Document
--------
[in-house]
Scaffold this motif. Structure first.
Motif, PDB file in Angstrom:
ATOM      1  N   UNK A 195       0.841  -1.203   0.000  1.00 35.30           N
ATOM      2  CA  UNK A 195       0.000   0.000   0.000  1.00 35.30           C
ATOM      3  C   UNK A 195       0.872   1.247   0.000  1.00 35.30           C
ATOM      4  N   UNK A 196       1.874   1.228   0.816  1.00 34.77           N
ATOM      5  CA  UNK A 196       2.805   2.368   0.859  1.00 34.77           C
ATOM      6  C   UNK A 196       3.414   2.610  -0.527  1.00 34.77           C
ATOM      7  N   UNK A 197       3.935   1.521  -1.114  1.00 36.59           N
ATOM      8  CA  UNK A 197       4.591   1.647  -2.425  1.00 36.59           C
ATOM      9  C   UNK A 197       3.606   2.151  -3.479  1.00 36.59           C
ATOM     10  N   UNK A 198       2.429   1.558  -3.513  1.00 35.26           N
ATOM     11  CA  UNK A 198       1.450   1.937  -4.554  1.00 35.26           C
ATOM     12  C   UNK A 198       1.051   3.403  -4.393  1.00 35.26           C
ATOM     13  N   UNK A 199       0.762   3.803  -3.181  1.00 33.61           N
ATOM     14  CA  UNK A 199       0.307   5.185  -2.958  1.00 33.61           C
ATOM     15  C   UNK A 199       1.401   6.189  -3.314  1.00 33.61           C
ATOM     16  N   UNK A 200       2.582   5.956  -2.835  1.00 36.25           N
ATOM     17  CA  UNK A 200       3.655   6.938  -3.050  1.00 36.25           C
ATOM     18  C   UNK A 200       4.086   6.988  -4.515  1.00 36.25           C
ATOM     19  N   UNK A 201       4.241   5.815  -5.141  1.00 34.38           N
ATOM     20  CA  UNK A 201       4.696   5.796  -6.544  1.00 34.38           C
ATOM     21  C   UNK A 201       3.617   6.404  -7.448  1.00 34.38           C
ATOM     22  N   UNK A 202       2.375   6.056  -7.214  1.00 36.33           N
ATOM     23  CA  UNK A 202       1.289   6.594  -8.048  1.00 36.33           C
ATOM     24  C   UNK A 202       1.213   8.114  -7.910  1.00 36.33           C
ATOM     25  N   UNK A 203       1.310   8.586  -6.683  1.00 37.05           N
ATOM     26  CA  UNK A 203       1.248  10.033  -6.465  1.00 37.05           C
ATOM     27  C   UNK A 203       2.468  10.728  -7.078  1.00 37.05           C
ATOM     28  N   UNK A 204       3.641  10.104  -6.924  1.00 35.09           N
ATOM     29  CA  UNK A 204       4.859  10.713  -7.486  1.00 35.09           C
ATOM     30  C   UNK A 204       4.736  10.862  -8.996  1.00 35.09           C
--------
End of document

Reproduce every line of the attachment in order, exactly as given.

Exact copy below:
[in-house]
Scaffold this motif. Structure first.
Motif, PDB file in Angstrom:
ATOM      1  N   UNK A 195       0.841  -1.203   0.000  1.00 35.30           N
ATOM      2  CA  UNK A 195       0.000   0.000   0.000  1.00 35.30           C
ATOM      3  C   UNK A 195       0.872   1.247   0.000  1.00 35.30           C
ATOM      4  N   UNK A 196       1.874   1.228   0.816  1.00 34.77           N
ATOM      5  CA  UNK A 196       2.805   2.368   0.859  1.00 34.77           C
ATOM      6  C   UNK A 196       3.414   2.610  -0.527  1.00 34.77           C
ATOM      7  N   UNK A 197       3.935   1.521  -1.114  1.00 36.59           N
ATOM      8  CA  UNK A 197       4.591   1.647  -2.425  1.00 36.59           C
ATOM      9  C   UNK A 197       3.606   2.151  -3.479  1.00 36.59           C
ATOM     10  N   UNK A 198       2.429   1.558  -3.513  1.00 35.26           N
ATOM     11  CA  UNK A 198       1.450   1.937  -4.554  1.00 35.26           C
ATOM     12  C   UNK A 198       1.051   3.403  -4.393  1.00 35.26           C
ATOM     13  N   UNK A 199       0.762   3.803  -3.181  1.00 33.61           N
ATOM     14  CA  UNK A 199       0.307   5.185  -2.958  1.00 33.61           C
ATOM     15  C   UNK A 199       1.401   6.189  -3.314  1.00 33.61           C
ATOM     16  N   UNK A 200       2.582   5.956  -2.835  1.00 36.25           N
ATOM     17  CA  UNK A 200       3.655   6.938  -3.050  1.00 36.25           C
ATOM     18  C   UNK A 200       4.086   6.988  -4.515  1.00 36.25           C
ATOM     19  N   UNK A 201       4.241   5.815  -5.141  1.00 34.38           N
ATOM     20  CA  UNK A 201       4.696   5.796  -6.544  1.00 34.38           C
ATOM     21  C   UNK A 201       3.617   6.404  -7.448  1.00 34.38           C
ATOM     22  N   UNK A 202       2.375   6.056  -7.214  1.00 36.33           N
ATOM     23  CA  UNK A 202       1.289   6.594  -8.048  1.00 36.33           C
ATOM     24  C   UNK A 202       1.213   8.114  -7.910  1.00 36.33           C
ATOM     25  N   UNK A 203       1.310   8.586  -6.683  1.00 37.05           N
ATOM     26  CA  UNK A 203       1.248  10.033  -6.465  1.00 37.05           C
ATOM     27  C   UNK A 203       2.468  10.728  -7.078  1.00 37.05           C
ATOM     28  N   UNK A 204       3.641  10.104  -6.924  1.00 35.09           N
ATOM     29  CA  UNK A 204       4.859  10.713  -7.486  1.00 35.09           C
ATOM     30  C   UNK A 204       4.736  10.862  -8.996  1.00 35.09           C